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Facebook users can’t shut up about the Scottish Independence referendum

They've posted about it more than 10 million times.


Gavia Baker-Whitelaw


Posted on Sep 16, 2014   Updated on May 30, 2021, 2:12 pm CDT

Over the past five weeks, Facebook has seen over 10 million interactions about the Scottish independence referendum. Considering the fact that no one in Scotland can shut up about it, it’s no surprise that 85 percent of those interactions came from within the country itself.

For many Scots, the independence referendum is the most divisive political event of a lifetime. Polls show that the two sides of the debate are neck-and-neck, with the outcome of Thursday’s vote almost impossible to predict. 

But over on Facebook at least, the Yes campaign seems to be winning. More than 300,000 people have Liked the Yes page, while the anti-independence Better Together campaign only has about 207,000. One possible explanation is that supporters of the Better Together campaign tend to skew older, while the younger pro-independence voters may be more likely to make their opinions known on social media.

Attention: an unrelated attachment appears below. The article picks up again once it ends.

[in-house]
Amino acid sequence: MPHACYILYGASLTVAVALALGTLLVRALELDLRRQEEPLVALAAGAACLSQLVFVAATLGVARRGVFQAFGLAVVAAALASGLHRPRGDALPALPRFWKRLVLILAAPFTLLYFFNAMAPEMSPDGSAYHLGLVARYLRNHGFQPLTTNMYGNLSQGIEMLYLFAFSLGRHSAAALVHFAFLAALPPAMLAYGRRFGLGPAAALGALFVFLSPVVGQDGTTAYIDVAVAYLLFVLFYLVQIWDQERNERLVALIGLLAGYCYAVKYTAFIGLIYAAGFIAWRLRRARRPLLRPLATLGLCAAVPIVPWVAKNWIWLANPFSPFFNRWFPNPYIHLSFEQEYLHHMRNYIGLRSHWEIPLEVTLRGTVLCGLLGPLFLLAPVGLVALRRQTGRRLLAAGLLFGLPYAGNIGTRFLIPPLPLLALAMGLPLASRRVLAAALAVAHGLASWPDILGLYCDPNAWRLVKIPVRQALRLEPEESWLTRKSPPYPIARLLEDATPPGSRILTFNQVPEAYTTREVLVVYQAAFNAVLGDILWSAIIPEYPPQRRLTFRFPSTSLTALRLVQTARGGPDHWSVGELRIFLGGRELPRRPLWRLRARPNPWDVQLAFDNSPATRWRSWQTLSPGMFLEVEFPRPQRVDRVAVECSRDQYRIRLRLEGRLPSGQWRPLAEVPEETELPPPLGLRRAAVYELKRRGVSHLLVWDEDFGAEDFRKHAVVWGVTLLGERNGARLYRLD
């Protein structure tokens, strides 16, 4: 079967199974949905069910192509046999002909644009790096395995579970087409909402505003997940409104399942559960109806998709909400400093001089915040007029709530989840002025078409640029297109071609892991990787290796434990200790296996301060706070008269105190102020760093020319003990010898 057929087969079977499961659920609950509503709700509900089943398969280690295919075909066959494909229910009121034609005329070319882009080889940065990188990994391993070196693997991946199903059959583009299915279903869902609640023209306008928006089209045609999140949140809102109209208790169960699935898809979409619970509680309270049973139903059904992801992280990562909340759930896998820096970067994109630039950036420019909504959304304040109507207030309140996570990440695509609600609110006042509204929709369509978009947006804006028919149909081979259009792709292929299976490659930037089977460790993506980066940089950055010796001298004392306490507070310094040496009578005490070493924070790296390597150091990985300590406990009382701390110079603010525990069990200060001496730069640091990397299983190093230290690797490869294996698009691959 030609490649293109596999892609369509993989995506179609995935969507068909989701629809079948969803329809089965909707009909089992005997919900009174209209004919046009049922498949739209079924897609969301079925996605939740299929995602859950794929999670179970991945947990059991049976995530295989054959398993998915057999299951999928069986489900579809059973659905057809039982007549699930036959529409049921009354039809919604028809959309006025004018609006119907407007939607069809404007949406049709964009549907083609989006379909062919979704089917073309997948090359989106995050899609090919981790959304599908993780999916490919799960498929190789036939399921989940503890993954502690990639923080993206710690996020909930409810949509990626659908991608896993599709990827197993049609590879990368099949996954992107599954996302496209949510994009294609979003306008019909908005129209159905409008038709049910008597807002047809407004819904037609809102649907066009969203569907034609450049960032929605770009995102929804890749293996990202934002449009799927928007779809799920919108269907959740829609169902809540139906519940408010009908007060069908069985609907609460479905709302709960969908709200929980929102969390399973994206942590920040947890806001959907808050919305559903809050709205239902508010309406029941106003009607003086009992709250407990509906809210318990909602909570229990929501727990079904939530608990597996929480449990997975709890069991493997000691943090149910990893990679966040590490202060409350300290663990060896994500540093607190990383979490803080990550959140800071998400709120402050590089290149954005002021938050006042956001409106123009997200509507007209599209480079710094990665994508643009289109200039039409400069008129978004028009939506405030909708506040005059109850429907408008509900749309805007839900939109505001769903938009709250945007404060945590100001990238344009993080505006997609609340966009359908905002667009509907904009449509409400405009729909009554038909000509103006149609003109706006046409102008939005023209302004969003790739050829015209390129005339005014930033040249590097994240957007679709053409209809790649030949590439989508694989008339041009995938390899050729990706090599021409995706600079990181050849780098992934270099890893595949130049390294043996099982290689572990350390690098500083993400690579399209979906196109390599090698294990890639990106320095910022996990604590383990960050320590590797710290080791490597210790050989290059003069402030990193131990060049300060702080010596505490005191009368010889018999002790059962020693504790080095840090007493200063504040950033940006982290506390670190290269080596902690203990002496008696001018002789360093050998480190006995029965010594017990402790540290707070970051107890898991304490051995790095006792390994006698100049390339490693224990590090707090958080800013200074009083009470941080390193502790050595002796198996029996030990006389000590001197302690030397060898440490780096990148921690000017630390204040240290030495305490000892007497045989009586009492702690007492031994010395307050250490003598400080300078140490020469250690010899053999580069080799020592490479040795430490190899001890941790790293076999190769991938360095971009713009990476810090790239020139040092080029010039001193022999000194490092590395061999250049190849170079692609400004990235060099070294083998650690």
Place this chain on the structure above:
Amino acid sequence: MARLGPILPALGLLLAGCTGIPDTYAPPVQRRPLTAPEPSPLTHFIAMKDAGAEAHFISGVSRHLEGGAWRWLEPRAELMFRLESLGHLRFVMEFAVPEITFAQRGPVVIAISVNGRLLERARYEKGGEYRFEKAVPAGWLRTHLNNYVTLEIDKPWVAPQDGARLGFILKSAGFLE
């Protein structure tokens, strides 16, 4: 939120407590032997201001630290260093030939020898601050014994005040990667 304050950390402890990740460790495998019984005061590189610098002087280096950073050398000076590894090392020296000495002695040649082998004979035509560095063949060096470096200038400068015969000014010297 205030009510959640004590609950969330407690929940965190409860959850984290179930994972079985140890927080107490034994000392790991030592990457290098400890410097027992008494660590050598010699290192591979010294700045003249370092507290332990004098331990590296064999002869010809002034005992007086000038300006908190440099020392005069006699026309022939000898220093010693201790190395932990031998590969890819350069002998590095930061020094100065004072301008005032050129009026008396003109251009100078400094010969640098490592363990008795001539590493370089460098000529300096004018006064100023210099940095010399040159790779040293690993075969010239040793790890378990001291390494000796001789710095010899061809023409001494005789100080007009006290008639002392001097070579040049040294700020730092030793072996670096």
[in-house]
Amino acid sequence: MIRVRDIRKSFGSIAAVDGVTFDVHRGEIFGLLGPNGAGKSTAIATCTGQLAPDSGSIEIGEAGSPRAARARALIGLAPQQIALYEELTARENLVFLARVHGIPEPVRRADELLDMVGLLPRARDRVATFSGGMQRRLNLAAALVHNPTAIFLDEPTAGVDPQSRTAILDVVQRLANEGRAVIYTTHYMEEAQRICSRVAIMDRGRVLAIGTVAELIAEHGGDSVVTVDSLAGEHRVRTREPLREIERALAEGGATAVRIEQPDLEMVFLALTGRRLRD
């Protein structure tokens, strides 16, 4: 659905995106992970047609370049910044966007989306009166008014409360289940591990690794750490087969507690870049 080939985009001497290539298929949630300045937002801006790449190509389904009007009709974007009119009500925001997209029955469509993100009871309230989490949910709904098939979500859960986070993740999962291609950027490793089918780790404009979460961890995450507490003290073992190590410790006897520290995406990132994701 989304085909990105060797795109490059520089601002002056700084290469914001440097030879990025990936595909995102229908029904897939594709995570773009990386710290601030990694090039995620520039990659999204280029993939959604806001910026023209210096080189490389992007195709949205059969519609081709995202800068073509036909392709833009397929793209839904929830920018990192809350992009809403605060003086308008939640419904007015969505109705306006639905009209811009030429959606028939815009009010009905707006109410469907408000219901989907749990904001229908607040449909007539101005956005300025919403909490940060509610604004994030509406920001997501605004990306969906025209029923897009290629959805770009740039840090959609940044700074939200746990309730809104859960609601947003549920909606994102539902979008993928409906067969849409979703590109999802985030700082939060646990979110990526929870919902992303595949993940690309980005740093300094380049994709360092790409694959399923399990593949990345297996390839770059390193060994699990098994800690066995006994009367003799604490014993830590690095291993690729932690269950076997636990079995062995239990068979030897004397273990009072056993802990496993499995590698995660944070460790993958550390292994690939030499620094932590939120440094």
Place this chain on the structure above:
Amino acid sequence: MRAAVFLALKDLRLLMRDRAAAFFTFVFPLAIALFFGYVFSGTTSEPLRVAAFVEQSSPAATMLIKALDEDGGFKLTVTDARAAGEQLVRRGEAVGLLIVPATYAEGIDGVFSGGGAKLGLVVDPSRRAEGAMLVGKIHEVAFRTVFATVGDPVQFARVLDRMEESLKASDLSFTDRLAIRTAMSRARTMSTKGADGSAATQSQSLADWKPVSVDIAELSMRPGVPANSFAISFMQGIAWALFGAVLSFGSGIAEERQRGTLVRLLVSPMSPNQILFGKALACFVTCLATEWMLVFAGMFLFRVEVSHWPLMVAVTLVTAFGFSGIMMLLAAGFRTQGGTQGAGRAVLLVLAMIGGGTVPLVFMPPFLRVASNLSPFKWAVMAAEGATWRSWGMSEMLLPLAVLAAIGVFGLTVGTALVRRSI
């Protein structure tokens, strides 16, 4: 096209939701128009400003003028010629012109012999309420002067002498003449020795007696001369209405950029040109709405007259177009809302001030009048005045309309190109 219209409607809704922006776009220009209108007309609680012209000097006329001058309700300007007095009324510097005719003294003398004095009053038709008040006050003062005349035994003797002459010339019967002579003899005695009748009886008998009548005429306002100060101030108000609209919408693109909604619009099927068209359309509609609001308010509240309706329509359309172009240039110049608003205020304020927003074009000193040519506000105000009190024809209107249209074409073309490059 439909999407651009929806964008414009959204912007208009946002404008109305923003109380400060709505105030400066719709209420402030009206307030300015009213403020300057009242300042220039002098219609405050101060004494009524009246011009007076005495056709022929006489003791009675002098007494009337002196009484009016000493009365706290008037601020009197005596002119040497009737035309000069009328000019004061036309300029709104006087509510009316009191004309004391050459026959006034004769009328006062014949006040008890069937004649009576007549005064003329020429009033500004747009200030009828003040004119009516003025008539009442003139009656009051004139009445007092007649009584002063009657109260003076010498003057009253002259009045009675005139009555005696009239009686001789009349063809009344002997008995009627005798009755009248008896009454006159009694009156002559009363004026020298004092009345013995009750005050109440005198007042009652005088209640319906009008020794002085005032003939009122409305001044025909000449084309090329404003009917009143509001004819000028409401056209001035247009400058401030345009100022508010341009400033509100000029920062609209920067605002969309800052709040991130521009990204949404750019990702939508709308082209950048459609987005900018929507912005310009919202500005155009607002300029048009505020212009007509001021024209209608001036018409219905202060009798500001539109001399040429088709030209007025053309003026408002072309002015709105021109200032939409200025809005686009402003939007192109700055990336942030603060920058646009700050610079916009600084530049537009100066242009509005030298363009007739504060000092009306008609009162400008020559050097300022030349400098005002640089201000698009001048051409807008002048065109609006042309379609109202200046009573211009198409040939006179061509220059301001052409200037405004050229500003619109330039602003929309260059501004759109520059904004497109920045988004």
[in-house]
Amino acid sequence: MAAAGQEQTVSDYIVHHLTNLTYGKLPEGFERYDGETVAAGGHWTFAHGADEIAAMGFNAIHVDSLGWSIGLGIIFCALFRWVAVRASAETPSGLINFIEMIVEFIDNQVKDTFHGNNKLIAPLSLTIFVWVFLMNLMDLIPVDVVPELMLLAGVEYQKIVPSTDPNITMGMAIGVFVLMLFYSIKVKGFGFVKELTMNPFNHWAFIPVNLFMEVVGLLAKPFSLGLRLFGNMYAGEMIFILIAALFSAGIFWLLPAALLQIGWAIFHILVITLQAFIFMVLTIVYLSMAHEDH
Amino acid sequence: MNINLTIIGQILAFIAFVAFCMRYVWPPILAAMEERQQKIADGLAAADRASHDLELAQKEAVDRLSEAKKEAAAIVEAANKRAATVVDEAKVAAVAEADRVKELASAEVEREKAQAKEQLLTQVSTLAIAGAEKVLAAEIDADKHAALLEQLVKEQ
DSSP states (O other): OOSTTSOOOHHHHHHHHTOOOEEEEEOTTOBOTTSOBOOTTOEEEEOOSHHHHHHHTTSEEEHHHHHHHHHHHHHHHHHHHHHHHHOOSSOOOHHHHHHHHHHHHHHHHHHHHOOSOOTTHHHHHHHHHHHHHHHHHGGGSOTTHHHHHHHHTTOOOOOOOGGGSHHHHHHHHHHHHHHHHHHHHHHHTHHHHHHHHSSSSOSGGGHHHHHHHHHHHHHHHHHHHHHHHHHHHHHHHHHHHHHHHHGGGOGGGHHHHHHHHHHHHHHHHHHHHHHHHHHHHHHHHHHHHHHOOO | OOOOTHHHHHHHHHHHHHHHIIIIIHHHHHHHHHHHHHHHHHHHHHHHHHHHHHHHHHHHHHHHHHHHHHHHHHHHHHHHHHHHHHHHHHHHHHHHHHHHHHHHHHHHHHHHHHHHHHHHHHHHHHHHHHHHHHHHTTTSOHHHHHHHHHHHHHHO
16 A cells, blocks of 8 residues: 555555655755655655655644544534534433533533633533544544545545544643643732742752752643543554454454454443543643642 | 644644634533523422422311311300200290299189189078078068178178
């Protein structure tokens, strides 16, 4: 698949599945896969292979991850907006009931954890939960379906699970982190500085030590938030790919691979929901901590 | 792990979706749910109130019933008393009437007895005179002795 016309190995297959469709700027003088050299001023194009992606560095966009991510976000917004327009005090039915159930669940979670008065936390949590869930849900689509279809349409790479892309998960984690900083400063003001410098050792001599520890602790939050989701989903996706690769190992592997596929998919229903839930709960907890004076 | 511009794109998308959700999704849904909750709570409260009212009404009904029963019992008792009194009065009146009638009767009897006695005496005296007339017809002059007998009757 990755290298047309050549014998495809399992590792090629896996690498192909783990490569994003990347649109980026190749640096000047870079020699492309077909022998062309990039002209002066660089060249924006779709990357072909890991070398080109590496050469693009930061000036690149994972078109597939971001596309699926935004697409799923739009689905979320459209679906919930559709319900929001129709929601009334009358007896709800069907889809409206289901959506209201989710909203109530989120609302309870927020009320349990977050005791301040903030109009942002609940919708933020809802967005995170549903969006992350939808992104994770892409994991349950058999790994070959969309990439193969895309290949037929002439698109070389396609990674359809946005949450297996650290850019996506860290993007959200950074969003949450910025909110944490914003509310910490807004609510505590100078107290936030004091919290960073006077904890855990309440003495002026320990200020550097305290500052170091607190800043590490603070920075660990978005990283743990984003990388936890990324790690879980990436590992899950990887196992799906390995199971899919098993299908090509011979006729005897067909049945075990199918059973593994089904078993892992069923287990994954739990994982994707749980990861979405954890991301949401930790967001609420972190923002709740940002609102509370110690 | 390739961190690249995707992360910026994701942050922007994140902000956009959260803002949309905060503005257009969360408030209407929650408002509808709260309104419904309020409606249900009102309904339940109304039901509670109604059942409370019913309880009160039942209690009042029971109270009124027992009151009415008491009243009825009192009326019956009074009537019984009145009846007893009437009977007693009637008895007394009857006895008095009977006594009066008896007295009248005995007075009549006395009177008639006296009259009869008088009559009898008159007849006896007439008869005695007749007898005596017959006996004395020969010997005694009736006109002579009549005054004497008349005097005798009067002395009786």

Facebook is also introducing an “I’m a voter” button, which will show up in the feeds of anyone eligible to vote. In Scotland that’s everyone over the age of 16. The country recently hit a record 97 percent voter registration rate ahead of the independence referendum vote.

Elizabeth Linder, Facebook’s European politics and government specialist, told the Guardian that the ‘I’m a Voter’ button will help ensure users get out to the polls. 

“Studies show that when people see their Facebook friends talking about voting, they are more likely to vote themselves,” Linder said. “We hope the ‘I’m a Voter’ button will make it easy for voters to share that they are taking part in the referendum at the end of months of debate and discussion.”

Since everyone in Scotland has been arguing about the referendum for the past month, we can understand why Facebook went for the neutral “I’m a voter” option, rather than suggesting that people broadcast their opinions any more than they already do.

Photo via twicepix/Flickr (CC BY-SA 2.0)

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*First Published: Sep 16, 2014, 2:58 pm CDT